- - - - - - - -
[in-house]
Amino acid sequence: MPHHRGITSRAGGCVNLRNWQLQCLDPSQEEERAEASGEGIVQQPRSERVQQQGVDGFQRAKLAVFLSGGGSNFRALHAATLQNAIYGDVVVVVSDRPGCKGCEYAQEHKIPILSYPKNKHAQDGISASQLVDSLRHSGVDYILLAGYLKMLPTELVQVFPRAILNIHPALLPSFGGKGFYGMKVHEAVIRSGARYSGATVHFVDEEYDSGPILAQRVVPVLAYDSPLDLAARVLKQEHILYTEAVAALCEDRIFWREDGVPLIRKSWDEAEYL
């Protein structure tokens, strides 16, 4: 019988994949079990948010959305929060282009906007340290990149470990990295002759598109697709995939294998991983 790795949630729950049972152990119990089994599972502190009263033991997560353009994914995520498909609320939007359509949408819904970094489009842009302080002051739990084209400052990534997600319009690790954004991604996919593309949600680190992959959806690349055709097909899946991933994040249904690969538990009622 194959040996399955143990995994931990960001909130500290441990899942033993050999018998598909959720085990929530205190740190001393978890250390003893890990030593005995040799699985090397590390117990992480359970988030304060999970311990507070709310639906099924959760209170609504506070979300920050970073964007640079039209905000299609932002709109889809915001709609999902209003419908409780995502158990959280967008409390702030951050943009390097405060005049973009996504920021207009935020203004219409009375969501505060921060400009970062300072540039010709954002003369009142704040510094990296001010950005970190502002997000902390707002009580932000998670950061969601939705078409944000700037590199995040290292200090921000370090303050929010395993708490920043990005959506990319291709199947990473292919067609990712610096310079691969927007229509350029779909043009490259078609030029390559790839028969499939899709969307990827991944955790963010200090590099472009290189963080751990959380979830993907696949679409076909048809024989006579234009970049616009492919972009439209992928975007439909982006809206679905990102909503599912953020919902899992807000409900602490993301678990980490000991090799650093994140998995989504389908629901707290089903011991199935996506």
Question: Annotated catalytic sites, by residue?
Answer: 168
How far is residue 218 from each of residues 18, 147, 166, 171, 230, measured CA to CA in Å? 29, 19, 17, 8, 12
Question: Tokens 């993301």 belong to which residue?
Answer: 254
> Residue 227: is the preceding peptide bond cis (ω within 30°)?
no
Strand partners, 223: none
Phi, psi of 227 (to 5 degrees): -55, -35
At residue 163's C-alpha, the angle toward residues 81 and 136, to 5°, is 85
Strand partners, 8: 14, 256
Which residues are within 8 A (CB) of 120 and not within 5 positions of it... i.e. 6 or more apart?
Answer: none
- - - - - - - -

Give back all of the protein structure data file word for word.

[in-house]
Amino acid sequence: MPHHRGITSRAGGCVNLRNWQLQCLDPSQEEERAEASGEGIVQQPRSERVQQQGVDGFQRAKLAVFLSGGGSNFRALHAATLQNAIYGDVVVVVSDRPGCKGCEYAQEHKIPILSYPKNKHAQDGISASQLVDSLRHSGVDYILLAGYLKMLPTELVQVFPRAILNIHPALLPSFGGKGFYGMKVHEAVIRSGARYSGATVHFVDEEYDSGPILAQRVVPVLAYDSPLDLAARVLKQEHILYTEAVAALCEDRIFWREDGVPLIRKSWDEAEYL
């Protein structure tokens, strides 16, 4: 019988994949079990948010959305929060282009906007340290990149470990990295002759598109697709995939294998991983 790795949630729950049972152990119990089994599972502190009263033991997560353009994914995520498909609320939007359509949408819904970094489009842009302080002051739990084209400052990534997600319009690790954004991604996919593309949600680190992959959806690349055709097909899946991933994040249904690969538990009622 194959040996399955143990995994931990960001909130500290441990899942033993050999018998598909959720085990929530205190740190001393978890250390003893890990030593005995040799699985090397590390117990992480359970988030304060999970311990507070709310639906099924959760209170609504506070979300920050970073964007640079039209905000299609932002709109889809915001709609999902209003419908409780995502158990959280967008409390702030951050943009390097405060005049973009996504920021207009935020203004219409009375969501505060921060400009970062300072540039010709954002003369009142704040510094990296001010950005970190502002997000902390707002009580932000998670950061969601939705078409944000700037590199995040290292200090921000370090303050929010395993708490920043990005959506990319291709199947990473292919067609990712610096310079691969927007229509350029779909043009490259078609030029390559790839028969499939899709969307990827991944955790963010200090590099472009290189963080751990959380979830993907696949679409076909048809024989006579234009970049616009492919972009439209992928975007439909982006809206679905990102909503599912953020919902899992807000409900602490993301678990980490000991090799650093994140998995989504389908629901707290089903011991199935996506």
Question: Annotated catalytic sites, by residue?
Answer: 168
How far is residue 218 from each of residues 18, 147, 166, 171, 230, measured CA to CA in Å? 29, 19, 17, 8, 12
Question: Tokens 């993301």 belong to which residue?
Answer: 254
> Residue 227: is the preceding peptide bond cis (ω within 30°)?
no
Strand partners, 223: none
Phi, psi of 227 (to 5 degrees): -55, -35
At residue 163's C-alpha, the angle toward residues 81 and 136, to 5°, is 85
Strand partners, 8: 14, 256
Which residues are within 8 A (CB) of 120 and not within 5 positions of it... i.e. 6 or more apart?
Answer: none